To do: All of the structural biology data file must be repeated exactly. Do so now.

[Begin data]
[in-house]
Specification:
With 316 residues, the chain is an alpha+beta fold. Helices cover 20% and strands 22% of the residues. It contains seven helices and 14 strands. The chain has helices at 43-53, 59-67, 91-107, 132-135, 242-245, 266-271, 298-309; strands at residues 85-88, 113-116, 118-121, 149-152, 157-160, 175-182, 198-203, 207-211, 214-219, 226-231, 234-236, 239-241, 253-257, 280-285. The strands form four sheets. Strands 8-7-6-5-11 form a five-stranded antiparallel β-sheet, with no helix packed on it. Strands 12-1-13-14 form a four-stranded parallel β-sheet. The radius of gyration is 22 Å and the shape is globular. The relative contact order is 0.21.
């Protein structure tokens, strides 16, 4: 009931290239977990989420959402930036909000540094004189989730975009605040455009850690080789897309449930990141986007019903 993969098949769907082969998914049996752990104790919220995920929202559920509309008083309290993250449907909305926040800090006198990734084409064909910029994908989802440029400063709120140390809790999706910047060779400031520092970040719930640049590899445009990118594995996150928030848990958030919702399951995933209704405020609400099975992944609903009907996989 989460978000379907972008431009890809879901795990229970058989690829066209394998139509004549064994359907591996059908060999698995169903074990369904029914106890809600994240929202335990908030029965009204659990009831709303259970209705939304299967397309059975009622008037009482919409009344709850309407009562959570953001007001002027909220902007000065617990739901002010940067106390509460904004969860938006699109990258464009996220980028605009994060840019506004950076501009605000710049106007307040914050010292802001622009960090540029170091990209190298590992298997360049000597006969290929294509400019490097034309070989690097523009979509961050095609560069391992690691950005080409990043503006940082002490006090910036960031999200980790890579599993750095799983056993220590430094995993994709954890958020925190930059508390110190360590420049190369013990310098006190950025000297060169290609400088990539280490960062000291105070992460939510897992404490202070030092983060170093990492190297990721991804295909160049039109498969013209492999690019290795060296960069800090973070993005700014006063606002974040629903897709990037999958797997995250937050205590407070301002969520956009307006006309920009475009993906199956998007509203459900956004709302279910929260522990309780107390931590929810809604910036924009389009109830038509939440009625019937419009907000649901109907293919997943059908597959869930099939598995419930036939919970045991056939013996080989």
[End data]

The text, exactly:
[in-house]
Specification:
With 316 residues, the chain is an alpha+beta fold. Helices cover 20% and strands 22% of the residues. It contains seven helices and 14 strands. The chain has helices at 43-53, 59-67, 91-107, 132-135, 242-245, 266-271, 298-309; strands at residues 85-88, 113-116, 118-121, 149-152, 157-160, 175-182, 198-203, 207-211, 214-219, 226-231, 234-236, 239-241, 253-257, 280-285. The strands form four sheets. Strands 8-7-6-5-11 form a five-stranded antiparallel β-sheet, with no helix packed on it. Strands 12-1-13-14 form a four-stranded parallel β-sheet. The radius of gyration is 22 Å and the shape is globular. The relative contact order is 0.21.
């Protein structure tokens, strides 16, 4: 009931290239977990989420959402930036909000540094004189989730975009605040455009850690080789897309449930990141986007019903 993969098949769907082969998914049996752990104790919220995920929202559920509309008083309290993250449907909305926040800090006198990734084409064909910029994908989802440029400063709120140390809790999706910047060779400031520092970040719930640049590899445009990118594995996150928030848990958030919702399951995933209704405020609400099975992944609903009907996989 989460978000379907972008431009890809879901795990229970058989690829066209394998139509004549064994359907591996059908060999698995169903074990369904029914106890809600994240929202335990908030029965009204659990009831709303259970209705939304299967397309059975009622008037009482919409009344709850309407009562959570953001007001002027909220902007000065617990739901002010940067106390509460904004969860938006699109990258464009996220980028605009994060840019506004950076501009605000710049106007307040914050010292802001622009960090540029170091990209190298590992298997360049000597006969290929294509400019490097034309070989690097523009979509961050095609560069391992690691950005080409990043503006940082002490006090910036960031999200980790890579599993750095799983056993220590430094995993994709954890958020925190930059508390110190360590420049190369013990310098006190950025000297060169290609400088990539280490960062000291105070992460939510897992404490202070030092983060170093990492190297990721991804295909160049039109498969013209492999690019290795060296960069800090973070993005700014006063606002974040629903897709990037999958797997995250937050205590407070301002969520956009307006006309920009475009993906199956998007509203459900956004709302279910929260522990309780107390931590929810809604910036924009389009109830038509939440009625019937419009907000649901109907293919997943059908597959869930099939598995419930036939919970045991056939013996080989």